But the Account Aggregator framework proposed by the RBI paper would seemingly democratize access to data while taking into account customers’ data protection and privacy! In fact, a recent paper published by NITI aayog on the subject spoke on how account aggregators and open credit enablement networks can work hand in hand to bring into the fray 1billion retail borrowers and 58 million MSMEs gain access to loans.
Consumer Companies: The Real Challengers to FinTechs?
Manu Jain, CEO of Xiaomi, once claimed that they will only take a max 5% profit off their hardware sales. So if not their core product where else will the profits come from? If you guess small ticket loans, then you’re right! And it’s not just Xiaomi that’s offering mobiles on EMIs, but other consumer tech companies too, like Amazon, Flipkart, Zomato, Swiggy, Truecaller.
The advantage they have is not just their huge consumer base, access to business’s financial data and consumer’s transactional data, but that they are present at the moment of purchase to influence the consumer’s decision. And that touchpoint is the one where consumers need a bit of handholding and guidance to take the jump, given how credit averse we are as a nation.
Also, these consumer tech companies solve another important issue. That of collection. They do so by invoking trust amongst their consumers. By allowing them to keep the product without an upfront fee, they seemingly take on the risk onto themselves, thereby invoking a sense of commitment by consumers.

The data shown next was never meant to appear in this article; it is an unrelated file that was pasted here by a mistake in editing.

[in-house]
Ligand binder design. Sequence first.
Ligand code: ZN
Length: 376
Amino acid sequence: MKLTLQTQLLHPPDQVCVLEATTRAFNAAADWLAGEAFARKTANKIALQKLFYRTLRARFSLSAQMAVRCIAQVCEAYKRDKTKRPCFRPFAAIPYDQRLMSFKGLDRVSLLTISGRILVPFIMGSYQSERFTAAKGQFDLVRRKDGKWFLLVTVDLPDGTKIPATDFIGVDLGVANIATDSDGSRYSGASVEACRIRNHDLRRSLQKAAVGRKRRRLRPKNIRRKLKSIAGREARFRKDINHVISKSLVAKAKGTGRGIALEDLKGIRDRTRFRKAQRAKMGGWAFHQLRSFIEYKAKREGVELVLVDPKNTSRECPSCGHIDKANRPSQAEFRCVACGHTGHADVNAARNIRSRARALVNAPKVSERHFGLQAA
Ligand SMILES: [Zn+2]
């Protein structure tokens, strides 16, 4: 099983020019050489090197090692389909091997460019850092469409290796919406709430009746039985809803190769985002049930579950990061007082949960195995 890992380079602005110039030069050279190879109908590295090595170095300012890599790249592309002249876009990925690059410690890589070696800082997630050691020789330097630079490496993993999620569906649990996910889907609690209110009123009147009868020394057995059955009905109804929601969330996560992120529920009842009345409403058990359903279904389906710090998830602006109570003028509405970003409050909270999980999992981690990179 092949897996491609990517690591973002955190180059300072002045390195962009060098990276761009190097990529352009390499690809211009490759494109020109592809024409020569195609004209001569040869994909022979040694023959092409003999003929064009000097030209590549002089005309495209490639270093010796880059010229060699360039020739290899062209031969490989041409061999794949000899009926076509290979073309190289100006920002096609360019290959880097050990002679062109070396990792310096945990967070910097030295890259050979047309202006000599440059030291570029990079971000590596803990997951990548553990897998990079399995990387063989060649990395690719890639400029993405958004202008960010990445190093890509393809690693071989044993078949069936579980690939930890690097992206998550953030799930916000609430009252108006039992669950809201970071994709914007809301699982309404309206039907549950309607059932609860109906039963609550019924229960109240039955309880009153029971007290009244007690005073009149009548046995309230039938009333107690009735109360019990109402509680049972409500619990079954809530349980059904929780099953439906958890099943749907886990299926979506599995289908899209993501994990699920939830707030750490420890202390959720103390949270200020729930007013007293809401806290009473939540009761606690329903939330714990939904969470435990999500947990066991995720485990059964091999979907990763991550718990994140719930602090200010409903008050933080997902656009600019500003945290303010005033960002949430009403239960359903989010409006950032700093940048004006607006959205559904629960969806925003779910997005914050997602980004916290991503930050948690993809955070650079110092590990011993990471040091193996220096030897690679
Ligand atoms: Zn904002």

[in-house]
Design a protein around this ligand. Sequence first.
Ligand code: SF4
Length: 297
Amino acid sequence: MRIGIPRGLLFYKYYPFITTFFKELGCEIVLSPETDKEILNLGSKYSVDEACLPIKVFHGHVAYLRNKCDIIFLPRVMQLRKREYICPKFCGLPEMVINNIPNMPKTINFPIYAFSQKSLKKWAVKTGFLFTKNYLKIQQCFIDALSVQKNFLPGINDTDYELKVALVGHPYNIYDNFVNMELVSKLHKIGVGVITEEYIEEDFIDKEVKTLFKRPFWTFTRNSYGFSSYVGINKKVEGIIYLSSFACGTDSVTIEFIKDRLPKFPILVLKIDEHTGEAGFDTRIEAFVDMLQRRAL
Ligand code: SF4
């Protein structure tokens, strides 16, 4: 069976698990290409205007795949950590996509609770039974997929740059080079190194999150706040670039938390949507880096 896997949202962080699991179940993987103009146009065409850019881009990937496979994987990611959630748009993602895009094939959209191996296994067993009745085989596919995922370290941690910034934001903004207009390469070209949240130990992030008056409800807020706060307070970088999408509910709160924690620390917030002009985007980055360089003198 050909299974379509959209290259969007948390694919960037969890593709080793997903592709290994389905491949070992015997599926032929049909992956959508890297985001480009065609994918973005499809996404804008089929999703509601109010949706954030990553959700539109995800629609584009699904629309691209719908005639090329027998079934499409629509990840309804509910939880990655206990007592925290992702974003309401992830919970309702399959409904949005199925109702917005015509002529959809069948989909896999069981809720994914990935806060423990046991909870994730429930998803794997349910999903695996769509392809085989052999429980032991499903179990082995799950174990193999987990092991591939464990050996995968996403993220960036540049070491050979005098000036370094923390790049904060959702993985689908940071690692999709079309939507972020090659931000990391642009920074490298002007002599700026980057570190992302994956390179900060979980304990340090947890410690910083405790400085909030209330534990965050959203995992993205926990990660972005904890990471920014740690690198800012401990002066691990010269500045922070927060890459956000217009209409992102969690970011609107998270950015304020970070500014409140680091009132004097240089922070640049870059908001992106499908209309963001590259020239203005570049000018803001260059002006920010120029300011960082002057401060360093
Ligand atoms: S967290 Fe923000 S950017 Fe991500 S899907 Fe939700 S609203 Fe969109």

Not only that, most loyal customers, would want to continue their associations with these apps, and reap the other benefits provided to them. And in a way, the monthly repayment cycles also act as a means to increase the engagement of customers on the app, while acting as an effective retention tool too.
Read: How traditional banks in India are dealing with cryptocurrency?
Right now however most of these consumer tech companies in India act as loan originators for fintech. Like Zomato has a tie-up with InCred to source loans for their cloud kitchen operators to set up shop and expand.
Similarly, Ola and Uber have partnerships with banks NBFCs to help their drivers lease vehicles, and with Fintechs to extend pay later facilities to their customers. So essentially they act as drivers for the Fintech community and not as a threat.
But with the RBI working committee looking to make setting up Banks/NBFCs easier for businesses, that could soon change.